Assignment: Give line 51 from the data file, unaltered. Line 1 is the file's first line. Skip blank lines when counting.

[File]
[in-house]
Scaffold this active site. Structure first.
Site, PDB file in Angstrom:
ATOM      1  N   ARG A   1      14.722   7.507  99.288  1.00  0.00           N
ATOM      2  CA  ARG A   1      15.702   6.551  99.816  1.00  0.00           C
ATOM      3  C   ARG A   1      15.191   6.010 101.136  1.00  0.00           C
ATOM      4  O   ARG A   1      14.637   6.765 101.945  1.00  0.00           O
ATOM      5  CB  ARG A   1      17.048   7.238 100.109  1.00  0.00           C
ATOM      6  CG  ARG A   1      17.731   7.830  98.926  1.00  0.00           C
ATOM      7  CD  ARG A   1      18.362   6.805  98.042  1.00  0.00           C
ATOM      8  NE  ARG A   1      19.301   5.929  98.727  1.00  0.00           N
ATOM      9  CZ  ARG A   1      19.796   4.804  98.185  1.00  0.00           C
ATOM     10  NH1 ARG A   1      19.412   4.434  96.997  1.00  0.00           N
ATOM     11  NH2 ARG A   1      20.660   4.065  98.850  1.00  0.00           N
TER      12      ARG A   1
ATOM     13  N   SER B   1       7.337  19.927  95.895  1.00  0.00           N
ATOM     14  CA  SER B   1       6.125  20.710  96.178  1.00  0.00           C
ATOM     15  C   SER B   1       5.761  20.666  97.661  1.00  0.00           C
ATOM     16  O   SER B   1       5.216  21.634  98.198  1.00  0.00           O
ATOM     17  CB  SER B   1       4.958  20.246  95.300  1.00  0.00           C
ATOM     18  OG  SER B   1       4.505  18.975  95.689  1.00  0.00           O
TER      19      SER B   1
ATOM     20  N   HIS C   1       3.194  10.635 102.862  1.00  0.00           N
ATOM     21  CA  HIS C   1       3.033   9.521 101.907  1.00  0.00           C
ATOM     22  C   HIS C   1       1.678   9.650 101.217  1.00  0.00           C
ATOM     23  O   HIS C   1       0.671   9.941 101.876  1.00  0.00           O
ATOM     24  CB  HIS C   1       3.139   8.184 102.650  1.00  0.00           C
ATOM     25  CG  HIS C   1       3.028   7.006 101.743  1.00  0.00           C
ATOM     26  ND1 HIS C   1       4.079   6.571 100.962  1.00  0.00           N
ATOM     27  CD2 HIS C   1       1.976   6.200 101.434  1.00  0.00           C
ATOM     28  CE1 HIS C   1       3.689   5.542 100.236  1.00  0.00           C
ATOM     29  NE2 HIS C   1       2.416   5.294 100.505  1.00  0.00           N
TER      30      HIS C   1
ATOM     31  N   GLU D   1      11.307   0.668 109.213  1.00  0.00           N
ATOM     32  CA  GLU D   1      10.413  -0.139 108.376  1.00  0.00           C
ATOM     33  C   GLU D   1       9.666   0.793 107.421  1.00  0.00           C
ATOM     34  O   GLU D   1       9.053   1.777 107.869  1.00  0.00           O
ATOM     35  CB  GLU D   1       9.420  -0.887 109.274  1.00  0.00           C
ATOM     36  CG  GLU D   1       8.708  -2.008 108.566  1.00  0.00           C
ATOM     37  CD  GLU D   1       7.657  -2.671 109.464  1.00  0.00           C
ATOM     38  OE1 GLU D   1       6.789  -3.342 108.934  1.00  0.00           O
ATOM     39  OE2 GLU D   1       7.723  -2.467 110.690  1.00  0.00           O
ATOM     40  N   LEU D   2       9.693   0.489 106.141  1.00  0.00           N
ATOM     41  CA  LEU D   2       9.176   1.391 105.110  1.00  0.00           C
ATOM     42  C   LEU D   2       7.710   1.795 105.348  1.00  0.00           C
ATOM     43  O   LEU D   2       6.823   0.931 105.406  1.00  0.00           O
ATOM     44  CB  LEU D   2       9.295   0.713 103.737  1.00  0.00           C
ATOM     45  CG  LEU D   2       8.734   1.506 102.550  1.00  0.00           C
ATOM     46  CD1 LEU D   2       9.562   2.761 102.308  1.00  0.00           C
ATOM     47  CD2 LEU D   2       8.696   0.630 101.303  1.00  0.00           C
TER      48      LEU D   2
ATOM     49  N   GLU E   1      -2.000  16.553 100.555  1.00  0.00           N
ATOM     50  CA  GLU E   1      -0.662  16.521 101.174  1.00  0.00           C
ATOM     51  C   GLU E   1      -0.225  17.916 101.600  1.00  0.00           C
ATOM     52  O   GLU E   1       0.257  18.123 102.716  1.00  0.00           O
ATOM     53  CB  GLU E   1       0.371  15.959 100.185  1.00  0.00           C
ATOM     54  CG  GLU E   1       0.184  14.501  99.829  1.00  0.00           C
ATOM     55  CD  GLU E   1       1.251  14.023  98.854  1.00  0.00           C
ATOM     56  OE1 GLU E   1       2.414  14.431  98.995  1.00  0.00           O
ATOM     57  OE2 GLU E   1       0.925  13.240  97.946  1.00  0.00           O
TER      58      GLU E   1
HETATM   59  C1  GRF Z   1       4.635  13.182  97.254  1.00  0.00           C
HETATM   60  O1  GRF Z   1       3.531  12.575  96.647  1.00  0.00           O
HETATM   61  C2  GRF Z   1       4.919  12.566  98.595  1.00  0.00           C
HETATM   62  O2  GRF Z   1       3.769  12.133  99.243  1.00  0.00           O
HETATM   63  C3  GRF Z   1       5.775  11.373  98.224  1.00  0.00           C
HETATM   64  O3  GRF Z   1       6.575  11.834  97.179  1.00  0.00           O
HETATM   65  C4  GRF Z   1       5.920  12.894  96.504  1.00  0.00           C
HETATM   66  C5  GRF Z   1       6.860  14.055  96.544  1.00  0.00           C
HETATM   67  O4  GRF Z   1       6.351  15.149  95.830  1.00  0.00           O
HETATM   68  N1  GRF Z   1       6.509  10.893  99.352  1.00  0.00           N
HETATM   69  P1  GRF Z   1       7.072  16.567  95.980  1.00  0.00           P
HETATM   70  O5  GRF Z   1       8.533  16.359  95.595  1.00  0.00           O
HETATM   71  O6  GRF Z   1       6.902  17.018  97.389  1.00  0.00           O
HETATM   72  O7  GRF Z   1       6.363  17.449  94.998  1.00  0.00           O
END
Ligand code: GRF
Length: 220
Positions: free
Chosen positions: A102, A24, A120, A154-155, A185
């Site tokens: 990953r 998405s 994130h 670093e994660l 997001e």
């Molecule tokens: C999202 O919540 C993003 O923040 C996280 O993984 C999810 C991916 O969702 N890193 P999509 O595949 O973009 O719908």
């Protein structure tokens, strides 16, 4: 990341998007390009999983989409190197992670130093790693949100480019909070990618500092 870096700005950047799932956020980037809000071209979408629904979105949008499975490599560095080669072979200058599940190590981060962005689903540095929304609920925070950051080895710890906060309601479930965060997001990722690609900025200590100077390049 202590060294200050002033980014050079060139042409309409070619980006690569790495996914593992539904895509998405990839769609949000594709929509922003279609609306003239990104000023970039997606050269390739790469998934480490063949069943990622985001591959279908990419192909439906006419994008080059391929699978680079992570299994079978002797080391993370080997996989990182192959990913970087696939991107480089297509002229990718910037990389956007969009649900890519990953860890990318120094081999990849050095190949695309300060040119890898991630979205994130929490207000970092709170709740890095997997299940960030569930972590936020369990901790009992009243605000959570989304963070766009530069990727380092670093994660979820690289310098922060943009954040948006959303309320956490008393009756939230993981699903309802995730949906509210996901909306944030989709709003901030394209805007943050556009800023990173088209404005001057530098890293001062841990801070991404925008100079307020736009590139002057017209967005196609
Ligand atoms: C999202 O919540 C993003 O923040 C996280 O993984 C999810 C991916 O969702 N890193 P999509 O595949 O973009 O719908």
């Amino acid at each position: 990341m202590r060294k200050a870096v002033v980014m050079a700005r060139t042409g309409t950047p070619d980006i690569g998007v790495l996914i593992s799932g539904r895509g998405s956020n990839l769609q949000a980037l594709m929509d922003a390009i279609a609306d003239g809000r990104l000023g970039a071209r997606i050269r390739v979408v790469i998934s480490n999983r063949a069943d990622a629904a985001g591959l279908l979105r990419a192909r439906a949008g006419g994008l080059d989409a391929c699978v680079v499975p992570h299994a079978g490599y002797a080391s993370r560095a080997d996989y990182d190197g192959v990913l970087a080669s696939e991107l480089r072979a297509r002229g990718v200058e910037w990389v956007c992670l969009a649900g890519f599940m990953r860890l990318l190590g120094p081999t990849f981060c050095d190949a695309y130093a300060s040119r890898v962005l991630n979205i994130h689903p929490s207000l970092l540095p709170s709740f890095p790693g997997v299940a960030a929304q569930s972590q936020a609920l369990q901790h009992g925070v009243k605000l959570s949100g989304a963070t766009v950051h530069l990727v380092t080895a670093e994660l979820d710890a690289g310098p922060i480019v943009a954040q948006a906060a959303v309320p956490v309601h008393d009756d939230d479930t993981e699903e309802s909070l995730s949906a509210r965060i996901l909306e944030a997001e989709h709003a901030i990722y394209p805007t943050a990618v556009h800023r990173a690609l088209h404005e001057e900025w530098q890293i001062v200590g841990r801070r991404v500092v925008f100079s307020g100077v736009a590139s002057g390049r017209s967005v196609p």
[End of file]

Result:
TER      48      LEU D   2